WITH rains falling over much of the state this week and a significant front expected in the agricultural areas today, winter could finally be here.
It has been a long wait for the skies to finally open, with the driest start to winter on record causing havoc among the state's farming communities.
The rains may be too late to promote strong pasture growth and save crops in many areas, but it could be a matter of "better late than never".
The Bureau of Meteorology predicts the weather to settle into a more normal winter pattern.
Bureau forecaster Lloyd Connelly said the front expected today would fall in the South-West and push up through the Wheatbelt, where lighter rain would fall in the northern region.
He said the western Wheatbelt could see 10-15mm from this front, while the northern and eastern Wheatbelt might see up to 5mm.
Friday would see showers contracting through the coastal areas.
Mr Lloyd said it looked like a system would come through on Saturday, but it would be weaker than today's front.
Saturday's rain might only be significant for people in the lower South-West and most of the Wheatbelt would miss out, he said.
Mr Lloyd said there were good signs that a reasonable front would come through early next week, but was cautious to predict high rainfall.
He said next week was a long way off and he would not want to get anyone's hopes up.
"The weather pattern has settled into a more normal winter pattern and therefore it is likely that we could see rain early next week," Mr Lloyd said.
While rains fell throughout most of southern WA last week, some areas were not as lucky as others.
Bureau of Meteorology rainfall figures reveal the Central-West, Lower-West and South-West regions were drenched by the rains earlier this week, with many towns receiving more than 30mm.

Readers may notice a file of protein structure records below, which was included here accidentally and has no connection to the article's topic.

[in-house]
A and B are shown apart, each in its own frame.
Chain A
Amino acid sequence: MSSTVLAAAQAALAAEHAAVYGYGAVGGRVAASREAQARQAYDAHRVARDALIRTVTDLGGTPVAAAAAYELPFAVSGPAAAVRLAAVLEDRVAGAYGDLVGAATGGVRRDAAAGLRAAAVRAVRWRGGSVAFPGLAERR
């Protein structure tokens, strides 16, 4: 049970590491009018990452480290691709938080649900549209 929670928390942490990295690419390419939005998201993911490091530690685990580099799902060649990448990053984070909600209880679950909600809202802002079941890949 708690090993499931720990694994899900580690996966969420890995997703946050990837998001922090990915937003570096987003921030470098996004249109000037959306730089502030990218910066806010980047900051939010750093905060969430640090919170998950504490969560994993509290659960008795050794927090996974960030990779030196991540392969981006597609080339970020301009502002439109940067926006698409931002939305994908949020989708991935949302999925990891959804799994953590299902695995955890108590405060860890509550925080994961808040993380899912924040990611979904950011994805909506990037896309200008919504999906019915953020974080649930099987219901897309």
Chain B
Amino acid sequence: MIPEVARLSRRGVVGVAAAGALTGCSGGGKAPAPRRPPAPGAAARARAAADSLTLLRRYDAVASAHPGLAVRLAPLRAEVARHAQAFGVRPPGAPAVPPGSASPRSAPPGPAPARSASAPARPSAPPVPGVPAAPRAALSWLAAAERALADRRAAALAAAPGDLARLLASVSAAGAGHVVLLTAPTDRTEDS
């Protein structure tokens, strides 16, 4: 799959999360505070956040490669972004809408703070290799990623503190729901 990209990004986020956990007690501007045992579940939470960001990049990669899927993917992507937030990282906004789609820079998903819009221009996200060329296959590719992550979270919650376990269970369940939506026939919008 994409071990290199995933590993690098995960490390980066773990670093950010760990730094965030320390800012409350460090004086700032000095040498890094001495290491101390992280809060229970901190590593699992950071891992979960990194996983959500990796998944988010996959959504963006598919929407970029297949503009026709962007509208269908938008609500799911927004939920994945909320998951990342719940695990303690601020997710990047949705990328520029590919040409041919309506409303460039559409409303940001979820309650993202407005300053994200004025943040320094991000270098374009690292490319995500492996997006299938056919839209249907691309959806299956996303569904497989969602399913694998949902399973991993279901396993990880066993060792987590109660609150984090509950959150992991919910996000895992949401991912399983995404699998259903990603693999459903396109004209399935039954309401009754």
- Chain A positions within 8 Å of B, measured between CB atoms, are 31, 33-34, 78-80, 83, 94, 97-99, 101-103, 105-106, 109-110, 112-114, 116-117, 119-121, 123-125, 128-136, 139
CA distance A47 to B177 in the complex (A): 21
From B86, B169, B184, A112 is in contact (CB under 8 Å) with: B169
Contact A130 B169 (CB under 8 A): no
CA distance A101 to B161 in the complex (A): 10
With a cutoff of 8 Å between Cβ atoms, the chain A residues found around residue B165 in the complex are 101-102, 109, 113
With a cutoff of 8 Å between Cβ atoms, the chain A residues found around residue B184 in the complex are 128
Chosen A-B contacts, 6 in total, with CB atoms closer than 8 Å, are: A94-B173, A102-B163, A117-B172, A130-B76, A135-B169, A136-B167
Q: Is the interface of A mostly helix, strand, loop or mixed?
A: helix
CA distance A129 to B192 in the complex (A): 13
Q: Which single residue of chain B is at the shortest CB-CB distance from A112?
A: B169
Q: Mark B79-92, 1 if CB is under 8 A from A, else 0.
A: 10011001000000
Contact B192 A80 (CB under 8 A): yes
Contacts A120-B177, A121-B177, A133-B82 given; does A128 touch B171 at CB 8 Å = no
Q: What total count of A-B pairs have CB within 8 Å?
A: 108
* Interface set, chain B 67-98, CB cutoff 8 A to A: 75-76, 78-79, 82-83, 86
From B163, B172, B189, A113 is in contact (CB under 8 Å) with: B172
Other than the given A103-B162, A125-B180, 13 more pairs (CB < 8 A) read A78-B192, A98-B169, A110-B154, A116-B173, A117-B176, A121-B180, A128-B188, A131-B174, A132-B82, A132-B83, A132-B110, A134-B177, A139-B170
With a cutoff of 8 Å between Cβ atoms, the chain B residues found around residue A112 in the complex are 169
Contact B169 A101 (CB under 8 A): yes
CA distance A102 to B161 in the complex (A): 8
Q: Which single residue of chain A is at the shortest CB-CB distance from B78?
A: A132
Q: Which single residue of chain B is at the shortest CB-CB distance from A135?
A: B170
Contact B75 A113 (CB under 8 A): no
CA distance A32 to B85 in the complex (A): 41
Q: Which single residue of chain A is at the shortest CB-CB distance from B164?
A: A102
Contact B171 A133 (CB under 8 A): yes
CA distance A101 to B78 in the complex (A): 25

Rosa Brook came out on top with 45mm recorded over two days.
Dwellingup, Mandurah and Bickley were close behind with 38mm.
While the rain may be too late for Geraldton farmers - with many not putting in a crop at all - these areas received up to 32mm.
The south coastal areas, central Wheatbelt and Great Southern collected an average of about 12mm, with 22mm in Wandering.
While Esperance farmers have kept quiet throughout the dry spell with a ripper season seen by most in the southern coastal areas, they received less than 1mm from the rains earlier this week.
Agriculture Department grains industry development director David Barron said the recent rains would be of great value to some but not to others.
He said some farmers had not received enough rain to have an impact on their crops and pasture germination.
Mr Barron said the rains would have an impact on plant growth if there were follow-up rains.
He said it depended where farmers were situated, but for many, follow-up rains through to August would mean the recent rains would have a significant impact on pasture.
Mr Barron said ryegrasses would do well with the recent showers, whereas pasture legumes might not benefit, depending on whether they had germinated.
He said for crops that germinated a month ago, the rains would have a major impact, and the crops that had not would start to germinate.
Mr Barron said the outlook did not look like enough rain was on its way to produce great crops this year.